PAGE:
Build rule of law, equality and governance, says UN resident coordinator
United Nations Resident Coordinator Bruno Pouezat has called for Jamaica to work on building its rule-of-law institutions; equality for all; and transparent, participatory and accountable governance as practical steps to securing human rights for all citizens.
This is the path to security, prosperity and peace for all, he declared yesterday at the Human Rights Day event, Reasonings, Lecture and Art Exhibition in celebration of the 70th anniversary of the Universal Declaration of Human Rights. The event was supported by UN Jamaica, the European Union delegation to Jamaica, the Ministry of Foreign Affairs and Foreign Trade, and the Edna Manley College of the Visual and Performing Arts.
Pouezat said that rule-of-law institutions offer the confidence of impartial justice and expressed optimism in the recently announced Cabinet submission on the National Human Rights Institution, noting that this will strengthen the administration and enforcement of all human rights.
He called for all Jamaicans to actively engage in safeguarding the human rights of all by taking a stand.
"We are all in this fight together, and all of us can make a difference. In professional functions and in daily activities, in art and in life, I ask you to act to promote peace, fight back against discrimination, and uphold justice," he said.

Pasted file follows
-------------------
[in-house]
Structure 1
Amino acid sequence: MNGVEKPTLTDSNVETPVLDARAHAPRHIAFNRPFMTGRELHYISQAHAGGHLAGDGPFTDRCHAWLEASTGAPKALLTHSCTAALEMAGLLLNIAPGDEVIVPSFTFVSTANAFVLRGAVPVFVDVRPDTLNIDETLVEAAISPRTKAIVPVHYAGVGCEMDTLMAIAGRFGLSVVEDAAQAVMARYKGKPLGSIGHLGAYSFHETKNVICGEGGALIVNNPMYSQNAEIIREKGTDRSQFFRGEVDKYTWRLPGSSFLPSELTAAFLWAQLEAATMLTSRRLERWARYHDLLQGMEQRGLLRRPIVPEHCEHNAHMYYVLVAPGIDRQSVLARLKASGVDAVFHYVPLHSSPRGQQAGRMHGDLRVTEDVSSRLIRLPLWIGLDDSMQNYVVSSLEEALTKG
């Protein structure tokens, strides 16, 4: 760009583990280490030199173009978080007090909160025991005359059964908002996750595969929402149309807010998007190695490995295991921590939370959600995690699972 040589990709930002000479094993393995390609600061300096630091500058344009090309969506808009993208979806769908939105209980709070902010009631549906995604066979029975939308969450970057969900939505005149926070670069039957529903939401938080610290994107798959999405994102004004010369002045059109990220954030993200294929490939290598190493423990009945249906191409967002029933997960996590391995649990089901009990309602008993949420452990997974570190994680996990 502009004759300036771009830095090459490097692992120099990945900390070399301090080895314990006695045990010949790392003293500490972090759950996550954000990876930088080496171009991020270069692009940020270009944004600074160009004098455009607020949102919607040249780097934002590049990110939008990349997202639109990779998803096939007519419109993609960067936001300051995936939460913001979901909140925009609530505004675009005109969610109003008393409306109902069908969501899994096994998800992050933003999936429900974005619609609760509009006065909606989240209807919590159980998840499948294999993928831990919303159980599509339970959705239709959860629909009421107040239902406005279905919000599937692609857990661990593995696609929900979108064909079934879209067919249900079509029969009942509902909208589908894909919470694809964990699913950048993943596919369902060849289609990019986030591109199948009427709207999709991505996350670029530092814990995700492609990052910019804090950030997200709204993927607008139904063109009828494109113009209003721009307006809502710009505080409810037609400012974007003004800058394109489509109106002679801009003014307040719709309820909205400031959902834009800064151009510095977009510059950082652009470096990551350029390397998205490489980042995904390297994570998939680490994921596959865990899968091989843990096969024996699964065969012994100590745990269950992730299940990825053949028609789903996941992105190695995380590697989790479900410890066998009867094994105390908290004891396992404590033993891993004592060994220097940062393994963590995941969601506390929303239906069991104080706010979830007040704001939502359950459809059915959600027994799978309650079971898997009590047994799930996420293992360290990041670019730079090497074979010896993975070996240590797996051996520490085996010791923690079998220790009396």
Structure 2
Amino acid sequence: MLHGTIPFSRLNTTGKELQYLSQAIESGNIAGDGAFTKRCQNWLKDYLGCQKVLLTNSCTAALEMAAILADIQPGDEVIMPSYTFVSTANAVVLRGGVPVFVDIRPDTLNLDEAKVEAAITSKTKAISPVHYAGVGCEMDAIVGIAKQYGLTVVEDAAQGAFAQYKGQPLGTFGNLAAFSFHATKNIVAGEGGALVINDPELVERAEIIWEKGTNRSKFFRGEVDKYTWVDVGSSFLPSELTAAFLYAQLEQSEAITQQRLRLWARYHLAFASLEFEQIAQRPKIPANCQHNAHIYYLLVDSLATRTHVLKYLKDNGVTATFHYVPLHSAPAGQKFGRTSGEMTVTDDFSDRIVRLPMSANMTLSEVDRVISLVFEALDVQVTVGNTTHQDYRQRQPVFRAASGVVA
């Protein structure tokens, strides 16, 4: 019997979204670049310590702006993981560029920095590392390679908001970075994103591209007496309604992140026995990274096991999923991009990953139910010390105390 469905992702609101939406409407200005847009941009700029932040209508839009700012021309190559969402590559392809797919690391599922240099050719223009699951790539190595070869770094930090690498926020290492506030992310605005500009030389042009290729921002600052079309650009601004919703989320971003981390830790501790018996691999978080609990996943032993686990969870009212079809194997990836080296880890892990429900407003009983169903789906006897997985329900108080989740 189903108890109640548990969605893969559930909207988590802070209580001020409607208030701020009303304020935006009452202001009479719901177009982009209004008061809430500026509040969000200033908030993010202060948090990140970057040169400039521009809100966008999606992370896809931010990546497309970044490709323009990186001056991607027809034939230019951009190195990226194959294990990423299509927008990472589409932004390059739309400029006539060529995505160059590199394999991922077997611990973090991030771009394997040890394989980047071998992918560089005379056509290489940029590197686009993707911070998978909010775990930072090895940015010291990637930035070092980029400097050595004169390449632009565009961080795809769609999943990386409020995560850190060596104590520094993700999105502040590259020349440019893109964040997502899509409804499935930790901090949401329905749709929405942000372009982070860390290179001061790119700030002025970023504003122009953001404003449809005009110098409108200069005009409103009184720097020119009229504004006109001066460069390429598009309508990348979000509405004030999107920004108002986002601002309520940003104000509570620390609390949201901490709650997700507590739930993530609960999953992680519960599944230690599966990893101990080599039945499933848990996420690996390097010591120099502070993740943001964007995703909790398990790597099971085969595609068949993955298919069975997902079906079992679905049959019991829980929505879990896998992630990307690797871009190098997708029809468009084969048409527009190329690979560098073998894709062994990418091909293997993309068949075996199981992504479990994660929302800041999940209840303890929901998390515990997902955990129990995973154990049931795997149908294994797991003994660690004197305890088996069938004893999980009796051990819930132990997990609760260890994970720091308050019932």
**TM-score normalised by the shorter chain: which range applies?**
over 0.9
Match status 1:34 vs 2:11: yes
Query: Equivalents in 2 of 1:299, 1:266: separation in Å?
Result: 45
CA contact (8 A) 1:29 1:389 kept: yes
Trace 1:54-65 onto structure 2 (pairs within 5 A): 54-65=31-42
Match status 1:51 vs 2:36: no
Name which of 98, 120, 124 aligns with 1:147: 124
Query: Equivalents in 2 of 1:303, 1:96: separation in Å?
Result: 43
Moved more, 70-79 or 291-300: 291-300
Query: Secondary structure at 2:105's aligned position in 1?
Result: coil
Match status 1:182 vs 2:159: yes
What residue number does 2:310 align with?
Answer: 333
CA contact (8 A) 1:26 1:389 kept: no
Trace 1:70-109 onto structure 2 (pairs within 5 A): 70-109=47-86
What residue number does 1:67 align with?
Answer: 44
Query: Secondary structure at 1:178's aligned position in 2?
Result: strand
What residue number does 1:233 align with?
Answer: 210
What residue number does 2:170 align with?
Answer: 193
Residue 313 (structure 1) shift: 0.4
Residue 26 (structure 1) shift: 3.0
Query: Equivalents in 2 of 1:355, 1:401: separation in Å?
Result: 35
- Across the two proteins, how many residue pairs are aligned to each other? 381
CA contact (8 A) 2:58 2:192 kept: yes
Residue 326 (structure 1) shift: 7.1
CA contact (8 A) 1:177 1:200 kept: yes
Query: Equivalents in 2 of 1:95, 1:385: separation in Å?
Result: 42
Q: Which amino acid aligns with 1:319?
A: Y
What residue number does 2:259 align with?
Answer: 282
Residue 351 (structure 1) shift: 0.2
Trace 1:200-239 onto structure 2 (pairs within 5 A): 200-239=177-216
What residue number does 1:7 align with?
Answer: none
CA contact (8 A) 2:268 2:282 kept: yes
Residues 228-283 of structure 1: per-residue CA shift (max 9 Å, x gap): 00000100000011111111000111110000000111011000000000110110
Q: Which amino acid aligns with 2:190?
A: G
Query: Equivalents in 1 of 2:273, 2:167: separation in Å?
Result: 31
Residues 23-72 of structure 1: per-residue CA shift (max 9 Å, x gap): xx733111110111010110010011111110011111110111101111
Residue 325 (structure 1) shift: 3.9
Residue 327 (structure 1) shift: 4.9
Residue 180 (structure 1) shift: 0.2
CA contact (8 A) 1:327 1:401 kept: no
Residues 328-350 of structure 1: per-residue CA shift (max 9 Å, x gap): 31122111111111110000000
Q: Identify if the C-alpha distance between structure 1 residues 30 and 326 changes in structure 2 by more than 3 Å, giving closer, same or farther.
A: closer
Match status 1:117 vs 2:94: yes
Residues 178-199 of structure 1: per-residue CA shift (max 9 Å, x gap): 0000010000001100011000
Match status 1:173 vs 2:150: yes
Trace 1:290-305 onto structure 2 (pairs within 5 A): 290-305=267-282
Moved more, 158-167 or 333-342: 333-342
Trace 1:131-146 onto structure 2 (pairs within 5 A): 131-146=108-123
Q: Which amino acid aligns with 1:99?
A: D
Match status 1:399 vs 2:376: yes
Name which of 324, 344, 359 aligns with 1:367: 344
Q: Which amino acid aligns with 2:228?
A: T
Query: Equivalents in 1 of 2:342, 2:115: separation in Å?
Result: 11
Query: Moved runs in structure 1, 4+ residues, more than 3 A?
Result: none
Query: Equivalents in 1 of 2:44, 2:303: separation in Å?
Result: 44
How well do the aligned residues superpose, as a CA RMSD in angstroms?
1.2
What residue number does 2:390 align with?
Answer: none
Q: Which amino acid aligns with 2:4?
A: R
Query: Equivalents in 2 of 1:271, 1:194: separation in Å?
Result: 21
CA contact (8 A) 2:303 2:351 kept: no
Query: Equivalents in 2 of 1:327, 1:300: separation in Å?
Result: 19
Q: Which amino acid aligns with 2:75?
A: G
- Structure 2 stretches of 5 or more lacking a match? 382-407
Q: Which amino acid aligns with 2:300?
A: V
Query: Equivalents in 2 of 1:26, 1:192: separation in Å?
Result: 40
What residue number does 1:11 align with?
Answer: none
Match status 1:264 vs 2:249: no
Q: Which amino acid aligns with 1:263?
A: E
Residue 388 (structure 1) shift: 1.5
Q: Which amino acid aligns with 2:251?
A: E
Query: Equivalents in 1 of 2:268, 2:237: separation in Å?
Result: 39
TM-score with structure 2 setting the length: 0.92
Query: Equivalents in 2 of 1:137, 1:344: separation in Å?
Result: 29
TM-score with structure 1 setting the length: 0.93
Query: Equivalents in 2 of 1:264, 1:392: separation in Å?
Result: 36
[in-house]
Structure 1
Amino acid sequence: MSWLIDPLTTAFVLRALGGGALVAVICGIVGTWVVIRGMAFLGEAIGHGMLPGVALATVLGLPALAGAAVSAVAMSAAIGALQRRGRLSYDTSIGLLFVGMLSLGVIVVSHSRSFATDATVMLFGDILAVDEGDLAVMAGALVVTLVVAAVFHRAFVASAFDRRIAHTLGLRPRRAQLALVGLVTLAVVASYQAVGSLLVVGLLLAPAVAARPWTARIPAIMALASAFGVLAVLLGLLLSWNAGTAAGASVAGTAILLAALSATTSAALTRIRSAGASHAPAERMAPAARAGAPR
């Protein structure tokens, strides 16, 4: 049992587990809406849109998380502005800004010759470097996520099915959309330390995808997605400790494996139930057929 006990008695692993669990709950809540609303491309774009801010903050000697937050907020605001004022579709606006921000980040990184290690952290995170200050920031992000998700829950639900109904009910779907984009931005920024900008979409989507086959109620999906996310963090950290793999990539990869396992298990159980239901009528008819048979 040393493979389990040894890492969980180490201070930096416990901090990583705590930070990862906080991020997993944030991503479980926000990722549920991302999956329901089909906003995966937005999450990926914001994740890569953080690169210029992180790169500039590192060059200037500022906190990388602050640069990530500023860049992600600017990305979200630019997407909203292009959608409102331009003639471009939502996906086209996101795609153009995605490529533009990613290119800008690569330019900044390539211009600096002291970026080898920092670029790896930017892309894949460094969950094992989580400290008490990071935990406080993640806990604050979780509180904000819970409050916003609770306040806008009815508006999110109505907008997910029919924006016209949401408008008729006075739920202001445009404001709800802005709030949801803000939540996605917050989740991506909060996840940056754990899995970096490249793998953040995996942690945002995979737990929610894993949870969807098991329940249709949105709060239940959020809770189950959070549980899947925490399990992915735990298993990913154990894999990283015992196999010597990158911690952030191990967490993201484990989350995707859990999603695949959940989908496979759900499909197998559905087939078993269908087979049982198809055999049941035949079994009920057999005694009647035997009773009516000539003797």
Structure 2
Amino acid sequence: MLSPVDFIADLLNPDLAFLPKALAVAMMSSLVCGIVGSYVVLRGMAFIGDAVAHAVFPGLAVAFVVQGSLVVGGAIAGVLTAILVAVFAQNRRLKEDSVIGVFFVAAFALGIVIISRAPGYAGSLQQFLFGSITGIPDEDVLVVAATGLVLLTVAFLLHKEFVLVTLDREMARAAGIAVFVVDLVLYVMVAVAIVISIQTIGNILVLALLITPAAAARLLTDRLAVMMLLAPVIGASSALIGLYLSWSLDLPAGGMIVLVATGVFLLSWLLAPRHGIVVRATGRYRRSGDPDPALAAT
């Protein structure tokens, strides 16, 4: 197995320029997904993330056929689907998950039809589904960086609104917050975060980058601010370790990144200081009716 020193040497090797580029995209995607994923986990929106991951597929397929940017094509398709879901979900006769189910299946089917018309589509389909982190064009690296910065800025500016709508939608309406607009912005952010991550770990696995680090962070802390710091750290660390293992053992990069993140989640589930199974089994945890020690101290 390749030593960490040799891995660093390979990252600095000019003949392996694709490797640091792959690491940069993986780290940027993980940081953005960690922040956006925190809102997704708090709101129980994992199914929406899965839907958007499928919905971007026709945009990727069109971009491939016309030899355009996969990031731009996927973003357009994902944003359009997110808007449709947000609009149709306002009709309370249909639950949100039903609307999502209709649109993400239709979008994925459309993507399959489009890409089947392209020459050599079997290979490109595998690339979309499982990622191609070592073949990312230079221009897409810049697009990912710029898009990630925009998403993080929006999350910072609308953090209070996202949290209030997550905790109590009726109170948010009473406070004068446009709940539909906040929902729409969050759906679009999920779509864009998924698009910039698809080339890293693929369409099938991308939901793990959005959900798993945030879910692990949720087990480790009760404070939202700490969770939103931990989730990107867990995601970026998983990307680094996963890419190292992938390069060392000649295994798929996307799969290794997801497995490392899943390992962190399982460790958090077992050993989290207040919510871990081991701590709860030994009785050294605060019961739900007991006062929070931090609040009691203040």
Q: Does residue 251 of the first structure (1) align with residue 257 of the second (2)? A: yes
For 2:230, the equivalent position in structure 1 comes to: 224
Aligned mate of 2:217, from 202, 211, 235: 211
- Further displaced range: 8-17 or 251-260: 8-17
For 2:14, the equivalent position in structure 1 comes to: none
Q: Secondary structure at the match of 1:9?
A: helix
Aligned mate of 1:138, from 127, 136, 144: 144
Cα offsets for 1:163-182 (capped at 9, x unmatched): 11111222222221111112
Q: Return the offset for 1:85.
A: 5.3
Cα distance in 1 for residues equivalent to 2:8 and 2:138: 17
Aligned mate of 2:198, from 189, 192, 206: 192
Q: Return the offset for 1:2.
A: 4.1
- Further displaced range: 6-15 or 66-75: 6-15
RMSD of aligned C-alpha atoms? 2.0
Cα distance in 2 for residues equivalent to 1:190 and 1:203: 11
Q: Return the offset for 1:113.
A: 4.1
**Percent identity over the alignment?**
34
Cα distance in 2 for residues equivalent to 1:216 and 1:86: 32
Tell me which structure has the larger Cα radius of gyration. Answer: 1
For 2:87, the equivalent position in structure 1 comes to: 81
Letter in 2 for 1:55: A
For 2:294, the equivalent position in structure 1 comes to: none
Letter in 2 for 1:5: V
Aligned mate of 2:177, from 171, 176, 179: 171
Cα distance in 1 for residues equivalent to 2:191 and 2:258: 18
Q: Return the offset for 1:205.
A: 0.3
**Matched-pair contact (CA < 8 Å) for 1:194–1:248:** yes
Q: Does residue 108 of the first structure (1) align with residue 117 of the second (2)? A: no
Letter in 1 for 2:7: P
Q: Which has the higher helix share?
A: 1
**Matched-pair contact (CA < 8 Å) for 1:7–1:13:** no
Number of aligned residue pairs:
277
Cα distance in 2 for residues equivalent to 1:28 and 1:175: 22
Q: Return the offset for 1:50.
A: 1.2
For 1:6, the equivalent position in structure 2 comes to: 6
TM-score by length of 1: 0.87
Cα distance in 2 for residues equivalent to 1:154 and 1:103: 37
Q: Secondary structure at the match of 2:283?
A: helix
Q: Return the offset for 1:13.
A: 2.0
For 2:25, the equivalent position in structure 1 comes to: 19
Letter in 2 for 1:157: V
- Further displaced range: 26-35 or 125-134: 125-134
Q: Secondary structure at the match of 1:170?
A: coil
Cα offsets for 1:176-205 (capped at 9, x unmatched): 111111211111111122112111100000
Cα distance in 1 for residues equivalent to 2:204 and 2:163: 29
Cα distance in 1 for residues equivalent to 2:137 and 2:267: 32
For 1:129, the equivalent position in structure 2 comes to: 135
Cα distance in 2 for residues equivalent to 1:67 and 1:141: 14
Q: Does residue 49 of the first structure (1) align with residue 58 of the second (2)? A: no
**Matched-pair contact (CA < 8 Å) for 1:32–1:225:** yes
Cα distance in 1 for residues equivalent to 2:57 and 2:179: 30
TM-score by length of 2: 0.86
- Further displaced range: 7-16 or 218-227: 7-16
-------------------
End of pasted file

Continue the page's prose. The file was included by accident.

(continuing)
"We need to mobilise energetic activism in every country where people are still free to raise their voices without fear. We need to seek out new partners and act together to uphold fundamental rights and freedoms," the UN resident coordinator declared.
In a keynote address delivered on behalf of Minister of Foreign Affairs and Foreign Trade Kamina Johnson Smith by Permanent Ambassador Marcia Gilbert Roberts, all Jamaicans were invited to partner with Government and international partners.
"Let us not stand up only for our own rights, but also stand firm in protecting the rights of our fellow citizens. If we each become our brother's keeper, our own rights are better protected," she urged.
Students of the Edna Manley College also communicated their thoughts on human rights through an art competition for the best visual-art depiction of the articles in the Universal Declaration. First place and US$1,000 went to Sashoy Burey, second place and US$500 to Sasha-Kay Hinds, and third place and US$300 to Kobi Bailey.
Approximately 30 art pieces entered into the competition will be on show at the college's Cage Gallery until January 2019, followed by a nationwide tour in the first quarter of 2019.
The Human Rights Day events were part of Jamaica's Art for Human Rights series, a visual exploration of the rights enshrined in the Universal Declaration and a call to action to all Jamaicans to 'Stand up for Human Rights'.
The Art for Human Rights series also included a live painting of 70th anniversary commemorative murals at Emancipation Park on December 9, accompanied by drumming.
The Universal Declaration is a milestone document in the history of human rights. Drafted by representatives with different legal and cultural backgrounds from all regions of the world, the Declaration was proclaimed by the United Nations General Assembly in Paris on December 10, 1948 (General Assembly resolution 217 A), as a common standard of achievements for all peoples and all nations. It set out, for the first time, fundamental human rights to be universally protected, and it has been translated into more than 500 languages.